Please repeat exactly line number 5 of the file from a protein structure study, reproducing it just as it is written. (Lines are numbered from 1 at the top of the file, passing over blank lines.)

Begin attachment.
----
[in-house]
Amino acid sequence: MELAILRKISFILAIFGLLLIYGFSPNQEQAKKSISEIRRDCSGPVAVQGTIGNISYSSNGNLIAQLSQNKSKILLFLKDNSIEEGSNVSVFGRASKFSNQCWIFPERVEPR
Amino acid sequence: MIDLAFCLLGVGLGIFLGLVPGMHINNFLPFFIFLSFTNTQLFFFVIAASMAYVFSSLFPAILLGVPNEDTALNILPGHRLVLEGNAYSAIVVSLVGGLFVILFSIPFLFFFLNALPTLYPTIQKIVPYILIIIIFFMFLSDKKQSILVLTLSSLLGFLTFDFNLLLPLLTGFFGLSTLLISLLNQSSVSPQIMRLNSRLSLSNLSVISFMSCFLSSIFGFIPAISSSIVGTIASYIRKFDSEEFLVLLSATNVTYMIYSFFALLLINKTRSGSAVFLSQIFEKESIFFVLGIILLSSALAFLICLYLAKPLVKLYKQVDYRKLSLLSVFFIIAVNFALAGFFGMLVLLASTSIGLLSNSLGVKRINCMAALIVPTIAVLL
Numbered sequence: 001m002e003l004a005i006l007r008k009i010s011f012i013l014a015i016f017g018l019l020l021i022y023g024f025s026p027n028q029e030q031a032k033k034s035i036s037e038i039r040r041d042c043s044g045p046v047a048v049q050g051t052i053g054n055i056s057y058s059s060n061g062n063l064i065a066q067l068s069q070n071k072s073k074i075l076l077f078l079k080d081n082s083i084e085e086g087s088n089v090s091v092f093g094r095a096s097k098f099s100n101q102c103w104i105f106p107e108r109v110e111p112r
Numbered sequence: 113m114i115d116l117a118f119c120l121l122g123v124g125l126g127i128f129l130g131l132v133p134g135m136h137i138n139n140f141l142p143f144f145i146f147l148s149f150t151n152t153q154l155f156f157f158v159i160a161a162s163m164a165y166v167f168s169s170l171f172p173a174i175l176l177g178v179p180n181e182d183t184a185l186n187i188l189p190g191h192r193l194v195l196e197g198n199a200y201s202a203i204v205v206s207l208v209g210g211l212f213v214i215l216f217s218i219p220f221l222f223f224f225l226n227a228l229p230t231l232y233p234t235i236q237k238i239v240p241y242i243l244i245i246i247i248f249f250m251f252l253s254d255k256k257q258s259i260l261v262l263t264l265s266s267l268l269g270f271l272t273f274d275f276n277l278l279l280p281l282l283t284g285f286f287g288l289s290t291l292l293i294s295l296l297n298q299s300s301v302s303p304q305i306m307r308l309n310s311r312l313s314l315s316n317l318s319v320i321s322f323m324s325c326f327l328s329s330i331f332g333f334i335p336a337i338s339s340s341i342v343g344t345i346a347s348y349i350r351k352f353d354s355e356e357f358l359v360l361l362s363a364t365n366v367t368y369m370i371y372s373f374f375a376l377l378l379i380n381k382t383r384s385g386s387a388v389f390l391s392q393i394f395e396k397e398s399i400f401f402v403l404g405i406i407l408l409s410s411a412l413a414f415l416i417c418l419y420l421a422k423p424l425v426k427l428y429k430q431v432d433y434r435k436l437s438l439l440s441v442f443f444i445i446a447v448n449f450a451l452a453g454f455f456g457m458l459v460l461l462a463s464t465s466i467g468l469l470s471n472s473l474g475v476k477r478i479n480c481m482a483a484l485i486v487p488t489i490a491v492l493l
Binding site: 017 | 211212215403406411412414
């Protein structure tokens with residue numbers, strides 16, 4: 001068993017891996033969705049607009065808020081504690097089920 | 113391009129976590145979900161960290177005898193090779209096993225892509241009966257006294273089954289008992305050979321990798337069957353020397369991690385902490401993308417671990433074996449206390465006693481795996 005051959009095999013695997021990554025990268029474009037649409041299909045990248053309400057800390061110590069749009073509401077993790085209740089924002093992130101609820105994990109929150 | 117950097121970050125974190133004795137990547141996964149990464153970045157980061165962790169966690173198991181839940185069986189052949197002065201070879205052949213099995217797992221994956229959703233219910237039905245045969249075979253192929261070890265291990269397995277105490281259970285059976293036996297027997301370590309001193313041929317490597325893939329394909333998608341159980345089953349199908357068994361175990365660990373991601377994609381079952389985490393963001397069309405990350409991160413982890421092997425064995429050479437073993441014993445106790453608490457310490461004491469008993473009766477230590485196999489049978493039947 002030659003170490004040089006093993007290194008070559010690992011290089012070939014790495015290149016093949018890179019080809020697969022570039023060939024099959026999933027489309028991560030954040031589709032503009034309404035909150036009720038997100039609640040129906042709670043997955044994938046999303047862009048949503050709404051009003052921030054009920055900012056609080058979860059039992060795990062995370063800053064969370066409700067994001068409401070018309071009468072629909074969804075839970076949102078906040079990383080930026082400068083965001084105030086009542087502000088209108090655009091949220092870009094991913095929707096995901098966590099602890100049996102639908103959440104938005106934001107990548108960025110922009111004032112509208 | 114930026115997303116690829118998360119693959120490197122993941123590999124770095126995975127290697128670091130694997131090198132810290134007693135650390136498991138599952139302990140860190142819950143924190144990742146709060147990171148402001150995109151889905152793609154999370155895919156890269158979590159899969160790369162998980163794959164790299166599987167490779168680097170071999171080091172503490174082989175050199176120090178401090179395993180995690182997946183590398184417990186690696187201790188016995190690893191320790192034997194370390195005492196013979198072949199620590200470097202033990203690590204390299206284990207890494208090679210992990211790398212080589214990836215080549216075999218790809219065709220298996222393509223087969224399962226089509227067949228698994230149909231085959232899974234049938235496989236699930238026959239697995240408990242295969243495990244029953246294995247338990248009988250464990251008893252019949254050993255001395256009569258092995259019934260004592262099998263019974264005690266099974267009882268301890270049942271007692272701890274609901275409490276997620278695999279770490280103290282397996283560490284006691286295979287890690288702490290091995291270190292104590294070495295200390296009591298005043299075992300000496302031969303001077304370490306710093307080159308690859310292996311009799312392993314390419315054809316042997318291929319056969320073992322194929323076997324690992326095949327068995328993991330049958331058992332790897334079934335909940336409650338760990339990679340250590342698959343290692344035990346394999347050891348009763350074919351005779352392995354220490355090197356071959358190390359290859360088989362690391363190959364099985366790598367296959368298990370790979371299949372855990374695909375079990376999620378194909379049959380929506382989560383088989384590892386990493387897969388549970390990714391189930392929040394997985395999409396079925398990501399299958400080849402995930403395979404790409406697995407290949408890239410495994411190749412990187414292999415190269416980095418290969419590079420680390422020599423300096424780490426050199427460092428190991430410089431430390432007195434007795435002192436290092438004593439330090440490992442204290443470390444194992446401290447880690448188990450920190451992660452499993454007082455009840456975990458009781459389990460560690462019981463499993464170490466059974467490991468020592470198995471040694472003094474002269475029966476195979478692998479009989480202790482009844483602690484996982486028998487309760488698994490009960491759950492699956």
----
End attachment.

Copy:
Numbered sequence: 113m114i115d116l117a118f119c120l121l122g123v124g125l126g127i128f129l130g131l132v133p134g135m136h137i138n139n140f141l142p143f144f145i146f147l148s149f150t151n152t153q154l155f156f157f158v159i160a161a162s163m164a165y166v167f168s169s170l171f172p173a174i175l176l177g178v179p180n181e182d183t184a185l186n187i188l189p190g191h192r193l194v195l196e197g198n199a200y201s202a203i204v205v206s207l208v209g210g211l212f213v214i215l216f217s218i219p220f221l222f223f224f225l226n227a228l229p230t231l232y233p234t235i236q237k238i239v240p241y242i243l244i245i246i247i248f249f250m251f252l253s254d255k256k257q258s259i260l261v262l263t264l265s266s267l268l269g270f271l272t273f274d275f276n277l278l279l280p281l282l283t284g285f286f287g288l289s290t291l292l293i294s295l296l297n298q299s300s301v302s303p304q305i306m307r308l309n310s311r312l313s314l315s316n317l318s319v320i321s322f323m324s325c326f327l328s329s330i331f332g333f334i335p336a337i338s339s340s341i342v343g344t345i346a347s348y349i350r351k352f353d354s355e356e357f358l359v360l361l362s363a364t365n366v367t368y369m370i371y372s373f374f375a376l377l378l379i380n381k382t383r384s385g386s387a388v389f390l391s392q393i394f395e396k397e398s399i400f401f402v403l404g405i406i407l408l409s410s411a412l413a414f415l416i417c418l419y420l421a422k423p424l425v426k427l428y429k430q431v432d433y434r435k436l437s438l439l440s441v442f443f444i445i446a447v448n449f450a451l452a453g454f455f456g457m458l459v460l461l462a463s464t465s466i467g468l469l470s471n472s473l474g475v476k477r478i479n480c481m482a483a484l485i486v487p488t489i490a491v492l493l